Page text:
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  • Morning in America: How Ronald Reagan Invented the 1980s
  • Timothy Barney
Morning in America: How Ronald Reagan Invented the 1980s. By Gil Troy . Princeton, NJ: Princeton University Press, 2005; pp 417. $32.95.

If you ever find yourself just saying "no," wanting your MTV, fantasizing about how good greed is, or if you've been asking yourself where the beef is, you have caught yourself living in the neon afterglow of that tumultuous decade of decadence, the 1980s. In our pop culture cycle, each decade finds us mining the trends of another, and we are now currently in a renaissance of 1980s nostalgia, as cable music channel VH-1 orders up sequels of its wildly popular I Love the '80s documentaries, Hollywood is remaking its teen comedy and horror flicks of the era, Nick-at-Nite runs ubiquitous marathons of the major 80s shows, rock radio sounds more like the new wave and hair metal of 1984, and the love story of Ronald and Nancy Reagan becomes a made-for-TV special. In fact, it seems that Reagan's legacy may be the key to understanding our current fascination with all things 80s, as Gil Troy's recent book argues in its rethinking of the oldest elected president's dominance over the decade.

Populating Troy's book are touchstones such as junk bonds, AIDS cocktails, "Calvins," parental advisory stickers, crack pipes, Air Jordans, and Sandinistas. And with such a provocative cast of characters, it can be difficult to fit Reagan into the heady mix. Does Troy's Morning in America fit into the larger literary canon about Reagan, or is it a book chronicling and interpreting the 1980s as a whole? The author sidesteps this question by positing that Ronald Reagan is the 1980s. He takes an "all roads lead to Rome" approach by arguing that the [End Page 137] major events of the decade were a function of Reagan's visionary grip on the nation and that each social and political pathway can be traced back to his influence. On the whole, Troy is more successful at his cultural excavation of lasting images of the times and classifying the overarching symbolic themes than he is at getting us any closer to a fuller understanding of Ronald Reagan. It's a tightrope that is an ambitious one to walk, and as Troy wryly admits, "Studying Ronald Reagan is not for the faint-hearted—or the untenured" (349).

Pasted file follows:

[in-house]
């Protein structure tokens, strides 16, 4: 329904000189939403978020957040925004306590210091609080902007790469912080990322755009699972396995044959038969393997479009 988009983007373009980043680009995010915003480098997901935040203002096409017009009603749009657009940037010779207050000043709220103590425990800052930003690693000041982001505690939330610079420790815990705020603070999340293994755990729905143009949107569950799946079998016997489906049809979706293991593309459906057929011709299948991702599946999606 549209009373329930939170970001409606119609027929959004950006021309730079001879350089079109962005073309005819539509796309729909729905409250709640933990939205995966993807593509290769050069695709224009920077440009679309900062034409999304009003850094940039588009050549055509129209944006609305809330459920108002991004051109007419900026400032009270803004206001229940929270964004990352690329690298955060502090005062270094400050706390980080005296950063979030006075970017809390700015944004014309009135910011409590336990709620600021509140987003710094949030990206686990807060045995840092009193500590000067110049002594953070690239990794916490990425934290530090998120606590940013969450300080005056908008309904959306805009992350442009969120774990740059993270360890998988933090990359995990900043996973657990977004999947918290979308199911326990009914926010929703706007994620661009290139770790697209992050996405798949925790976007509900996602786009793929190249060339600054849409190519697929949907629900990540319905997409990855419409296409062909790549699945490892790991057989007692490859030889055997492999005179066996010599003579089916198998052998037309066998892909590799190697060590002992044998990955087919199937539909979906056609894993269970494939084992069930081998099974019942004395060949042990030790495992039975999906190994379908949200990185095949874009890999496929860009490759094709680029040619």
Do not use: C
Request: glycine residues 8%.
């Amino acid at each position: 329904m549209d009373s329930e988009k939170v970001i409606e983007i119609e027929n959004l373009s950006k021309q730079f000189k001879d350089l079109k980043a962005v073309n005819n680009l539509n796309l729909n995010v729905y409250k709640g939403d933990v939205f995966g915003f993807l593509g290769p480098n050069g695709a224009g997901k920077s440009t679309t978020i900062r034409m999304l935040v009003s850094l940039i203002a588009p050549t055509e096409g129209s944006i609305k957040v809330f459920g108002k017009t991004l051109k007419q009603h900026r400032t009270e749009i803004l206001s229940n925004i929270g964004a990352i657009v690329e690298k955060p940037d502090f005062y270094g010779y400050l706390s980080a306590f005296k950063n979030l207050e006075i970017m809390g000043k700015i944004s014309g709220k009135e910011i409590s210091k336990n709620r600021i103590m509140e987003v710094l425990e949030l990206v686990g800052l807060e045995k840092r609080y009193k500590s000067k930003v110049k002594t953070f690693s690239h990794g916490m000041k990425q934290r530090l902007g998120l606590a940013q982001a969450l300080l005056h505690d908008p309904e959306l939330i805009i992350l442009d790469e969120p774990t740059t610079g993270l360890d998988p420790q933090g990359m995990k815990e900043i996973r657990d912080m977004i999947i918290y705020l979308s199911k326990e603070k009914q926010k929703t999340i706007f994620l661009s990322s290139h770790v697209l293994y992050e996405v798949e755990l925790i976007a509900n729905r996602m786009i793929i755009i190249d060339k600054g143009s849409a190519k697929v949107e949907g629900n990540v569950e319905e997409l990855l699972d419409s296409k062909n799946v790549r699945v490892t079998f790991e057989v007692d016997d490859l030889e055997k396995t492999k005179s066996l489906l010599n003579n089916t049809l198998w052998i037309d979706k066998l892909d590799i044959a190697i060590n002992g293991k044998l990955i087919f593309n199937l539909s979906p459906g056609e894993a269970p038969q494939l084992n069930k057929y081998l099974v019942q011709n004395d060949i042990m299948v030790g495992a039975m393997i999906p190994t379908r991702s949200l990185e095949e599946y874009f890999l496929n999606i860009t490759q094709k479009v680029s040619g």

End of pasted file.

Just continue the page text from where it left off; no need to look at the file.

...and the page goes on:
Troy's strengths in analyzing the 1980s rather than in interpreting Reagan himself stem from his choice of structure. Each chapter is a year in the decade, exploring political battles in all three branches of government, the best-selling literature, the movies, the situation comedies and nighttime dramas, and the major headlines and scandals of that particular year. Decades are expedient classifications, and several grains of salt should be served with any dish that groups cultural values and movements this way. Troy often freely admits the limitations, yet he proves adept at developing a narrative of the events that constitute the construction of the 1980s in the public mind.

To enhance this structure, Troy also begins each chapter in a certain city or landmark that encapsulates the tenor of that particular year. He starts with Cleveland's rapid decline in 1980 as a diving board for discussing America's exhaustion at the tail end of Carter's heyday, trots to the mythical "Hill Street" on television in 1982 for an exploration of crime and race, revisits the calculated patriotism of Los Angeles during its Olympic 1984, and then travels cross-country to Wall Street's two-toned collared shirts covering up violent underbellies in 1986. Troy even moves out to Kennebunkport to visit George H. W. Bush in 1989 as he wonders how to place himself within the legacy of his old boss. Through these discussions, Troy is successful in his cultural mappings of the public space, and he is able to describe with sparkling clarity the two Americas that the Reagan era was grappling with: the constructed America and the America that actually came of age in the 1980s.

But even with such a chronological bent and a criss-cross...


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